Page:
The nave remained the parish church until the present church was built in 1822. The older structure became a ruin, and the surrounding land – once the site of the cloister and church crossing – was, until recently, used as a graveyard.
Excavations and a programme of restoration, undertaken by William Galloway, began in the 1880s, under the direction of the 3rd Marquess of Bute. The work focused on the east end, and rescued features found during the construction of the road to the parish church – including the Latinus stone.
In 1886-7, Whithorn was visited by General Augustus Pitt Rivers, the first Inspector of Ancient Monuments.
In 1908 His Majesty’s Office of Works was made guardian of the ruins. The old school house at the gate to the churchyard became a museum housing the crosses and inscriptions found in and around Whithorn. In 2005, the carved stone collection was redisplayed by Historic Scotland in the museum.
Excavations directed by C.A. Ralegh Radford in 1949–53 confirmed that the building found by the crypt was the remains of an earlier church. A few years later, excavations revealed the graves of bishops and priors from the 1200s and 1300s.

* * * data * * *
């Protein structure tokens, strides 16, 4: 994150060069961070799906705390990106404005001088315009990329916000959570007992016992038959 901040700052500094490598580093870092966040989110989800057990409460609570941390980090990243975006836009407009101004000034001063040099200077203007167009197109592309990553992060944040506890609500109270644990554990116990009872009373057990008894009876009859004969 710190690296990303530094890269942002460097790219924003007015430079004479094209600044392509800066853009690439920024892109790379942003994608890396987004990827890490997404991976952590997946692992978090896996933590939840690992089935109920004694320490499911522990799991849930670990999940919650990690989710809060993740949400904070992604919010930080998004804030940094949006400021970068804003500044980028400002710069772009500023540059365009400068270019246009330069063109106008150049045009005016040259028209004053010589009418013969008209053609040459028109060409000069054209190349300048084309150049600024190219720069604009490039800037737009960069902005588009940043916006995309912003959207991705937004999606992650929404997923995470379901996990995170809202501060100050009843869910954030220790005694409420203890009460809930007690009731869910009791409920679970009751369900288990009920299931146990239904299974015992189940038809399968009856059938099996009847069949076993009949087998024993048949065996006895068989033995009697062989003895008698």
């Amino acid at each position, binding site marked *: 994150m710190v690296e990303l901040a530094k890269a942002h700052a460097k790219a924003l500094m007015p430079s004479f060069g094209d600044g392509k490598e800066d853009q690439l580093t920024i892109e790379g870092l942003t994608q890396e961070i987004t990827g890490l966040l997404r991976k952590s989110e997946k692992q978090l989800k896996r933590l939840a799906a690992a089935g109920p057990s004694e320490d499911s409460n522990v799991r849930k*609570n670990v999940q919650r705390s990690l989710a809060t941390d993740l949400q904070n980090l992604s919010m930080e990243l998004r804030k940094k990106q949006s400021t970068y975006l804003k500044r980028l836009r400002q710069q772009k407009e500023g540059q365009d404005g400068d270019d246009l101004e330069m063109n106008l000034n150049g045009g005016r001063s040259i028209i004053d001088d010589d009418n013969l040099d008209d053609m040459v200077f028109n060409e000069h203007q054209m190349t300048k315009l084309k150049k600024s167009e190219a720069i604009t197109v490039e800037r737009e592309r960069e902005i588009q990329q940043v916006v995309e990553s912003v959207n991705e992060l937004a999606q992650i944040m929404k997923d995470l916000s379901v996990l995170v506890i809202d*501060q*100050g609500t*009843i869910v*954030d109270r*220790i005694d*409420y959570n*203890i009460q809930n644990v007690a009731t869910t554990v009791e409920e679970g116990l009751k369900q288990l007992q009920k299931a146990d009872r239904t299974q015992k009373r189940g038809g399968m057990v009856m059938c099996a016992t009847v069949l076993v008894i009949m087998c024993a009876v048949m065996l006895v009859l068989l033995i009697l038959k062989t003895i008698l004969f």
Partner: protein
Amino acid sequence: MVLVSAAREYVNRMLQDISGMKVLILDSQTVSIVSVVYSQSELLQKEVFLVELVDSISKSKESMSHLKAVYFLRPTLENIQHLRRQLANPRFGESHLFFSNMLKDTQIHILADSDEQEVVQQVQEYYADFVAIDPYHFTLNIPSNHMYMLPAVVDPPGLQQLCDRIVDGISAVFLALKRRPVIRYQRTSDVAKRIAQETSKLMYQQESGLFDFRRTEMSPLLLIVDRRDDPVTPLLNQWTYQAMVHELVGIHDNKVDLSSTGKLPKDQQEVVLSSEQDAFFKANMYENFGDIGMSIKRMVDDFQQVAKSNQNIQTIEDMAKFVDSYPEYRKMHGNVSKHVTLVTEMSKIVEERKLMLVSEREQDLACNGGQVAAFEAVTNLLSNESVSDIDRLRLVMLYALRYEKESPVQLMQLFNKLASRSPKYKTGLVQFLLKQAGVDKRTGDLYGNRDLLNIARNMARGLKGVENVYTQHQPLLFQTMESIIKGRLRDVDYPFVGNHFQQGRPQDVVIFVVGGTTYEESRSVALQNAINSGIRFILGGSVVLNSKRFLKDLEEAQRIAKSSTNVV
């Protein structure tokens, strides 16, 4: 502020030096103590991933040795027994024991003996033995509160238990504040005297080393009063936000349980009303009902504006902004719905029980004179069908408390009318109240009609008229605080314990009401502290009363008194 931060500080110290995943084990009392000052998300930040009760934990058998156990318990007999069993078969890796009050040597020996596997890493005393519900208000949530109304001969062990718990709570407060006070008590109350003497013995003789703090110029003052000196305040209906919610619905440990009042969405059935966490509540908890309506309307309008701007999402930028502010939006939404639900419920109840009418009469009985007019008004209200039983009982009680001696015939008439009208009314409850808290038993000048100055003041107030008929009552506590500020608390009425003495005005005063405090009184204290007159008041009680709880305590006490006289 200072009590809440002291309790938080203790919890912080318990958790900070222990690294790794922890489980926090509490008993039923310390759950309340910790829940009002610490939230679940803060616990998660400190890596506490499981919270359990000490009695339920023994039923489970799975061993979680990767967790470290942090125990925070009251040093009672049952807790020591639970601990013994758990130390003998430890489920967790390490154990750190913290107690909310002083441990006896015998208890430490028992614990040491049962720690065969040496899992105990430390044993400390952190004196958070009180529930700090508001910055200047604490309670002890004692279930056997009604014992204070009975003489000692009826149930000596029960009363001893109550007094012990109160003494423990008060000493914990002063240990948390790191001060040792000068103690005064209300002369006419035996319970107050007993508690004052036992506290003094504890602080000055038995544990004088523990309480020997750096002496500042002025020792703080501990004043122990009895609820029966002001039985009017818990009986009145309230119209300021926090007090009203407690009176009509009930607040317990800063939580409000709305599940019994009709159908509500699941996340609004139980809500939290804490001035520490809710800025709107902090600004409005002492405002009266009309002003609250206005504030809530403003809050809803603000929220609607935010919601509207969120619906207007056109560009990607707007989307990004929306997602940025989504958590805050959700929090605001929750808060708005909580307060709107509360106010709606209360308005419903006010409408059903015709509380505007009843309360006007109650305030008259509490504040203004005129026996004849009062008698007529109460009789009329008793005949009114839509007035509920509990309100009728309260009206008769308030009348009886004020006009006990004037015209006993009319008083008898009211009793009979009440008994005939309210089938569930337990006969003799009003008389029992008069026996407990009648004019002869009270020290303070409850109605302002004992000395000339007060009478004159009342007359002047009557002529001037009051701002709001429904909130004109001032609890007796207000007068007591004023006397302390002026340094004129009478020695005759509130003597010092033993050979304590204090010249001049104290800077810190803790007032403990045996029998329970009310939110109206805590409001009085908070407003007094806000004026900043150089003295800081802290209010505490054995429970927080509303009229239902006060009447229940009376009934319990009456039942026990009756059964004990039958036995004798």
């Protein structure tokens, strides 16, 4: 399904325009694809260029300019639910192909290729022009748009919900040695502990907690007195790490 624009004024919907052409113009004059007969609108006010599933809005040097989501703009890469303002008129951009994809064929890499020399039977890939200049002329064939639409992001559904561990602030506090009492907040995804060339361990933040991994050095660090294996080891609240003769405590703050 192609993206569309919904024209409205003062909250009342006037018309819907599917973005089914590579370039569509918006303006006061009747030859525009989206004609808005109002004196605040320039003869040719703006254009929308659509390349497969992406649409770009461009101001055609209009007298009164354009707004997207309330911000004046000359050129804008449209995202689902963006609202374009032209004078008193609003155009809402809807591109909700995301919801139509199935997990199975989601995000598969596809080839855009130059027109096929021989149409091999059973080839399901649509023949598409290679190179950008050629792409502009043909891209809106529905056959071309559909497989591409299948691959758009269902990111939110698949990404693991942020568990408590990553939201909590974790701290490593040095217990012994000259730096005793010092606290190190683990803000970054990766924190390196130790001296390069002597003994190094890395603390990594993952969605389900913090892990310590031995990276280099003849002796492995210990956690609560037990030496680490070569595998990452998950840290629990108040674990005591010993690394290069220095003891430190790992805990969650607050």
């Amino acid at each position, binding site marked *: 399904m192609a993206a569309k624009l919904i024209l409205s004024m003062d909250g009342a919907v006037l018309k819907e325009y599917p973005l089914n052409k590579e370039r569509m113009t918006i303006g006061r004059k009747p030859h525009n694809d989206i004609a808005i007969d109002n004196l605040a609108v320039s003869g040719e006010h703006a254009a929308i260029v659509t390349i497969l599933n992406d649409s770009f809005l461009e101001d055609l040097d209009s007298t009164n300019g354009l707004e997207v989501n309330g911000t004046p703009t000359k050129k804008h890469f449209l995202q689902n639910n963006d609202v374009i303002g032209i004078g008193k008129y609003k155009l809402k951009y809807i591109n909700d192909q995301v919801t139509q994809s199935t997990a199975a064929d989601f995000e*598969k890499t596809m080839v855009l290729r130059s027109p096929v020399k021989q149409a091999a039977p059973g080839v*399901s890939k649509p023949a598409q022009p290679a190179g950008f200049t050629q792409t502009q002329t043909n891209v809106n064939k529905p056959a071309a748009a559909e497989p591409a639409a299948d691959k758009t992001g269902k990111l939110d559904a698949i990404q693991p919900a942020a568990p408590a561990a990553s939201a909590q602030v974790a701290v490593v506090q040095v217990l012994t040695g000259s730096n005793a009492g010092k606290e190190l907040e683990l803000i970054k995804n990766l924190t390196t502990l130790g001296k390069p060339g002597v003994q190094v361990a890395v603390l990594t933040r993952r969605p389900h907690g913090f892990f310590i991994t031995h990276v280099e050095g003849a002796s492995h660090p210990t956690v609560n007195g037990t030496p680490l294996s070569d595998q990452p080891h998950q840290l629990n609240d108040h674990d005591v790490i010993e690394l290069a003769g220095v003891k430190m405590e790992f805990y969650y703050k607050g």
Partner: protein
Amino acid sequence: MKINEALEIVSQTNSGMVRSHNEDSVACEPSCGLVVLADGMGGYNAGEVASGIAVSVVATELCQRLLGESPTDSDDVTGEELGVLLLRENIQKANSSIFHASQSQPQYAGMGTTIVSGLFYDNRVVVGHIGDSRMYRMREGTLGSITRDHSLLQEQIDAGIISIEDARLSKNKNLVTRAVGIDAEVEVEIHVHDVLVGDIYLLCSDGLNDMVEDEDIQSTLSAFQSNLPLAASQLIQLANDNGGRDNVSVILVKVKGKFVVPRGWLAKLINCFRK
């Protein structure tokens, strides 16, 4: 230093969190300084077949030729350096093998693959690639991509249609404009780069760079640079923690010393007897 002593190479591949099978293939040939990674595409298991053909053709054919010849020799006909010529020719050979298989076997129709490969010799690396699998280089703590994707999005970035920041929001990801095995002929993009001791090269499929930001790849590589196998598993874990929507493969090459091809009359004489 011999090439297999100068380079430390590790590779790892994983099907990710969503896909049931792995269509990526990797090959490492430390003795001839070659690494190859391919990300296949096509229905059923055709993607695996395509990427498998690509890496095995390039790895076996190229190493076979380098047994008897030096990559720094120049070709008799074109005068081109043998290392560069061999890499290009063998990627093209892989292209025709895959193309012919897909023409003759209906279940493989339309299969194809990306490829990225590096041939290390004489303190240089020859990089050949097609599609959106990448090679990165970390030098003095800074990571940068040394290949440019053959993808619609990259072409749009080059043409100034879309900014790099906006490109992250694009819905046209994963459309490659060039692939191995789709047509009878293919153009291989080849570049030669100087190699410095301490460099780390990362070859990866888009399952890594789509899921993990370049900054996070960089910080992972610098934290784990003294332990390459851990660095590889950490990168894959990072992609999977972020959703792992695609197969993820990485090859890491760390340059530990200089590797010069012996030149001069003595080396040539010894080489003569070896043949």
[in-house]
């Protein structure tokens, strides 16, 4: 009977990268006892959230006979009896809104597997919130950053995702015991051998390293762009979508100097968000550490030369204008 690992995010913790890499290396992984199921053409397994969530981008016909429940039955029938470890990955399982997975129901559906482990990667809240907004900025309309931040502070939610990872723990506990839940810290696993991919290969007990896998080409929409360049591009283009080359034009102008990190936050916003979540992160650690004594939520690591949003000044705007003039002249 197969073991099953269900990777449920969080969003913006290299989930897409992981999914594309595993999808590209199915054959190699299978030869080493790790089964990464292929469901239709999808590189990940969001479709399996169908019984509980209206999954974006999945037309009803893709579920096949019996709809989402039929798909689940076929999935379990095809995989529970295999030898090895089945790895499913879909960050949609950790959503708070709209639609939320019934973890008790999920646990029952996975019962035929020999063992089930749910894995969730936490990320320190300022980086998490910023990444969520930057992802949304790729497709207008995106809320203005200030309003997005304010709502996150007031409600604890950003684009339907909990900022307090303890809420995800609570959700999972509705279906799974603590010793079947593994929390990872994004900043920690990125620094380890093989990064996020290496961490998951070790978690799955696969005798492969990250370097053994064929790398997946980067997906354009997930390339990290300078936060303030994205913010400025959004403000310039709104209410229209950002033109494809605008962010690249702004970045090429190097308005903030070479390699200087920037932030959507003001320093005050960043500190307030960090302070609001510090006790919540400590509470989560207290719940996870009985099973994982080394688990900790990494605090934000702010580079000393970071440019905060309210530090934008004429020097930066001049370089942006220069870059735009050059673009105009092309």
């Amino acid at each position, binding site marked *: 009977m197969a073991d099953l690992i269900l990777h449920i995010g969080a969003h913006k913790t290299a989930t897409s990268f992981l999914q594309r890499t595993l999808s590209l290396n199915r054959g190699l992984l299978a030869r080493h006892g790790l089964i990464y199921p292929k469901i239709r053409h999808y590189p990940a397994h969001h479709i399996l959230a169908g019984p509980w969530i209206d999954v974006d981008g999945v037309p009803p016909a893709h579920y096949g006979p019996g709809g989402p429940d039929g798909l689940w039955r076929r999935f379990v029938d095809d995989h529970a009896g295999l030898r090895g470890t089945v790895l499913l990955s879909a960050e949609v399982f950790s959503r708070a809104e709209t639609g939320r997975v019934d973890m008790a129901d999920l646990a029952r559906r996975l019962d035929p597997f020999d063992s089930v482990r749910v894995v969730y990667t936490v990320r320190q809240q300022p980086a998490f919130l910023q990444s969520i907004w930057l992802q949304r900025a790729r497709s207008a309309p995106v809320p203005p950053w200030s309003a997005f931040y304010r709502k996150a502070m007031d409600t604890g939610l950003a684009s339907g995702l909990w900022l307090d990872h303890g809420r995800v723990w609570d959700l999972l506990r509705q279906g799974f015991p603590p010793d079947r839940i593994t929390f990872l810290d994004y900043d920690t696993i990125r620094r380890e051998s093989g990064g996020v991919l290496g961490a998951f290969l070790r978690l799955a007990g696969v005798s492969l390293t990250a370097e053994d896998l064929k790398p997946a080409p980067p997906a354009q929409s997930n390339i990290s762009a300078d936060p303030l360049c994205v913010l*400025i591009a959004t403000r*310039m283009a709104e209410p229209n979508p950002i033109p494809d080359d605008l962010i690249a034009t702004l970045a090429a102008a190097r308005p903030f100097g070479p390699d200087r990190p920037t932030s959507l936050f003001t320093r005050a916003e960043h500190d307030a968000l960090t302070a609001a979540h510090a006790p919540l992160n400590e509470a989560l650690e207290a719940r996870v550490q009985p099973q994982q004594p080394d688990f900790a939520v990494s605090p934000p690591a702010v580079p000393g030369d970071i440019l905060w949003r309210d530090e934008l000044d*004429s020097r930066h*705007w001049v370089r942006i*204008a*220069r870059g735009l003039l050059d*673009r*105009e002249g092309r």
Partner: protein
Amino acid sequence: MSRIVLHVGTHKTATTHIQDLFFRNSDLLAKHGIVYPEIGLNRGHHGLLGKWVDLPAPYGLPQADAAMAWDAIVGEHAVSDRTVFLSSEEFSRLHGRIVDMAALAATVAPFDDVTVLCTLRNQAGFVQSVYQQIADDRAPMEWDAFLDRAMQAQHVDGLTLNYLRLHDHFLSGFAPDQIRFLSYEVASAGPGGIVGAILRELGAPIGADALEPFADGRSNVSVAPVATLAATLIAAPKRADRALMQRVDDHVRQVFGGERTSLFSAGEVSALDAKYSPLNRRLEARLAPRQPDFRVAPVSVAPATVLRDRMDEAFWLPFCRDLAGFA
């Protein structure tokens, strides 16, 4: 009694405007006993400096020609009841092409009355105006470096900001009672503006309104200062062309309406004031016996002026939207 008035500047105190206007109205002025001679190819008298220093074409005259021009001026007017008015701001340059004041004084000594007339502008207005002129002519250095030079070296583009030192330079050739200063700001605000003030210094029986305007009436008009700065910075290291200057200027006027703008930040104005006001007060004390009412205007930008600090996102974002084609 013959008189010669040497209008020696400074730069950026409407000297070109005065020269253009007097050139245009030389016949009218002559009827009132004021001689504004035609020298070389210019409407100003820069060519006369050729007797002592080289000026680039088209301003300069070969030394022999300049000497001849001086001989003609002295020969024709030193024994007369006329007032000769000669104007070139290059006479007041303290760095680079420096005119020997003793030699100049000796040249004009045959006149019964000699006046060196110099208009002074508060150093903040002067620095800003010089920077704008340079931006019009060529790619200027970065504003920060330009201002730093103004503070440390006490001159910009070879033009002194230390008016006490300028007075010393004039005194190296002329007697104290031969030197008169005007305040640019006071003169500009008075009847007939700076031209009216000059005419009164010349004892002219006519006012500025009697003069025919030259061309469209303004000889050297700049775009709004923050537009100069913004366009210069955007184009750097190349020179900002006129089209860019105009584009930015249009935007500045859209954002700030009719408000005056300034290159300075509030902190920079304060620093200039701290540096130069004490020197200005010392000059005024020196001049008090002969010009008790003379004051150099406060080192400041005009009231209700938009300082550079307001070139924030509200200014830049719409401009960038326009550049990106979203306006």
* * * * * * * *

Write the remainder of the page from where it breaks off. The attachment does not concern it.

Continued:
Later excavations by Chris Tabraham in 1972 and 1975, and by Peter Hill in the 1980s and 1990s have revealed buildings and graves from Whithorn’s long history. Hill’s excavations focused on the ‘glebe field’ – the gentle southern slope leading up the hillside – and produced a wealth of finds. Many are displayed in the Whithorn Story Visitor Centre.
The Whithorn Trust was formed in 1986, to interpret Whithorn’s archaeology and history for the public through an information centre and exhibition. The Trust developed the Whithorn Story exhibition, in which visitors can see a selection of the finds from archaeological excavations at the site over the years.
Royal visits have recalled the glories of Whithorn’s past. The Queen’s visit to Whithorn in 1951, while she was still Princess Elizabeth, was the first royal visit to Whithorn since Mary Queen of Scots made a pilgrimage here in 1563. Prince Charles followed in 2000, and received a guided tour of the museum and visitor centre. The long and sacred history of the priory continues to attract pilgrims today, and will hopefully continue to do so for another thousand years.